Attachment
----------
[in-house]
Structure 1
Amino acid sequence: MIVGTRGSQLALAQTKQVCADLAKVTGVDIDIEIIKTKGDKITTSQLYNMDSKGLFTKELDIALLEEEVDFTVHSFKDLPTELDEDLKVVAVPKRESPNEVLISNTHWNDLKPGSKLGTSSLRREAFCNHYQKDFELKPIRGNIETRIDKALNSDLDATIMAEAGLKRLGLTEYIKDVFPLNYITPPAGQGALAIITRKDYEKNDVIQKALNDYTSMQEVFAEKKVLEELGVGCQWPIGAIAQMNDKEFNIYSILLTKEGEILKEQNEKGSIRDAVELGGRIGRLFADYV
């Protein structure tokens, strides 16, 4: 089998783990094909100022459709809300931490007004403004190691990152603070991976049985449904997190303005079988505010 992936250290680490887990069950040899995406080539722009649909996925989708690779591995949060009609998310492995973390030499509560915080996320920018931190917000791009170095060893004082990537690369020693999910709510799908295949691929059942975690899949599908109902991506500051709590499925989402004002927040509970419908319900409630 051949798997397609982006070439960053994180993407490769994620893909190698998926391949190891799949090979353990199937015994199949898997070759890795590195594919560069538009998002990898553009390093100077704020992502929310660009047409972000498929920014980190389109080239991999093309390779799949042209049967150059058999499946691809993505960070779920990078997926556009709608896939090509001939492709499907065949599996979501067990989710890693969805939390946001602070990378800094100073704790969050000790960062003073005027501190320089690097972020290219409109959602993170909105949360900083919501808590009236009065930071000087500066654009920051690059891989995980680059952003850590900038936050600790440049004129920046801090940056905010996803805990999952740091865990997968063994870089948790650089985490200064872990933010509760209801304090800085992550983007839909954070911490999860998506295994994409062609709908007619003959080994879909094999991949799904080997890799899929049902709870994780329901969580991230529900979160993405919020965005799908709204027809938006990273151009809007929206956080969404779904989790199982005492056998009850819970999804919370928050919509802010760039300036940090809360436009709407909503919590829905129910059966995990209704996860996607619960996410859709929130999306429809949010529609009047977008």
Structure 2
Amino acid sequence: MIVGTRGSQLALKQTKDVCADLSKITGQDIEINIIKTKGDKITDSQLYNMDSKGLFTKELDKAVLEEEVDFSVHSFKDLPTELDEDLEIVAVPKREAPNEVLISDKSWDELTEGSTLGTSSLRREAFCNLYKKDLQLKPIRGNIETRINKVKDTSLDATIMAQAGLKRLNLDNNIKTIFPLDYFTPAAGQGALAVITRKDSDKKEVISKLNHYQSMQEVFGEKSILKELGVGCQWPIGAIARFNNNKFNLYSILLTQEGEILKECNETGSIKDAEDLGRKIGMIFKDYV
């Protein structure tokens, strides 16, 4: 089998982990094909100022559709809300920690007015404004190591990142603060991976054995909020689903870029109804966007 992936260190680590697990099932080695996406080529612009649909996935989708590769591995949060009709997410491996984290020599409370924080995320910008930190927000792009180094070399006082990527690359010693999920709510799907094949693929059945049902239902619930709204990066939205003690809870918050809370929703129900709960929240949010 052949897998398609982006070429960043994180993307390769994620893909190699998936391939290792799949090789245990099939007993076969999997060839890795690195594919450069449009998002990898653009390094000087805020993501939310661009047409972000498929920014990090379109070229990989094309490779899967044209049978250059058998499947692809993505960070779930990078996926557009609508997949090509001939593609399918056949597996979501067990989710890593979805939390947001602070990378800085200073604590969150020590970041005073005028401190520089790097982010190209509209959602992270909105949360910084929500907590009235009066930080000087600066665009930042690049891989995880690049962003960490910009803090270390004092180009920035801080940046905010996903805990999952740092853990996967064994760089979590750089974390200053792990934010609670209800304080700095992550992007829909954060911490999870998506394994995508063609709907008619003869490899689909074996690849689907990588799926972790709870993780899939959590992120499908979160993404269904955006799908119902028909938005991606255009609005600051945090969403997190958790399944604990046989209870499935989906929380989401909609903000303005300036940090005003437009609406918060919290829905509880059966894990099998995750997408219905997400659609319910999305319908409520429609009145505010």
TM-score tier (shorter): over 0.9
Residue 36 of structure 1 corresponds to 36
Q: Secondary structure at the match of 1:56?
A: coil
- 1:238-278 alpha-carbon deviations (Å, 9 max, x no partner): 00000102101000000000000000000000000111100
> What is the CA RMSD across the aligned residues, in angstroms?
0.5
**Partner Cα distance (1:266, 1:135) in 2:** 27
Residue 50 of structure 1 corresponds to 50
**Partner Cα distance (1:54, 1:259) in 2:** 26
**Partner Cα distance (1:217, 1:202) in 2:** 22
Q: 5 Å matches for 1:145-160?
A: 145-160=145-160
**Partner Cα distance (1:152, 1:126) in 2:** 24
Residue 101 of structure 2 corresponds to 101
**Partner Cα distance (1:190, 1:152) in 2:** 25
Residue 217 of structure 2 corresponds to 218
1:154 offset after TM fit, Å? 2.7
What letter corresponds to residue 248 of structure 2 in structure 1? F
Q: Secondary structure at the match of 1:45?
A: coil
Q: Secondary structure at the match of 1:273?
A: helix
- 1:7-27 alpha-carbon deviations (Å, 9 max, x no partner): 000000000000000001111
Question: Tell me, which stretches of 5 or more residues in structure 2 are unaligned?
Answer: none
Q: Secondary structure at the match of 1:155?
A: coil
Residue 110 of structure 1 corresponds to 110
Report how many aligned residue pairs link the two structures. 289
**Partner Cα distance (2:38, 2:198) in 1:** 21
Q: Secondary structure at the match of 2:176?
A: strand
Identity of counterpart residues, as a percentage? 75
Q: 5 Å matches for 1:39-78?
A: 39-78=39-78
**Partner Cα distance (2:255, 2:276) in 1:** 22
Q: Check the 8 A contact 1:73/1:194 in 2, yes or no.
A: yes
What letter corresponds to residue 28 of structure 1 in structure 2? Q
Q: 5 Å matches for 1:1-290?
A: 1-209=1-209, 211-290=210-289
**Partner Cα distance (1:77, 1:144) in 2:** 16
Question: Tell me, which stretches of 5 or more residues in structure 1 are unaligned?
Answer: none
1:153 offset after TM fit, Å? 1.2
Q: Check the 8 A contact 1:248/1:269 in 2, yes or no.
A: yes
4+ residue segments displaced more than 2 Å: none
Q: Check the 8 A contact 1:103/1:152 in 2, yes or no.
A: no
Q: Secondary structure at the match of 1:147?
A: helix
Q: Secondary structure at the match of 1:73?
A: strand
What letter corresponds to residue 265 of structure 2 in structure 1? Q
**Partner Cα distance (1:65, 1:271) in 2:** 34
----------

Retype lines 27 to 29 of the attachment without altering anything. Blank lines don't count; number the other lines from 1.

Q: Secondary structure at the match of 1:45?
A: coil
Q: Secondary structure at the match of 1:273?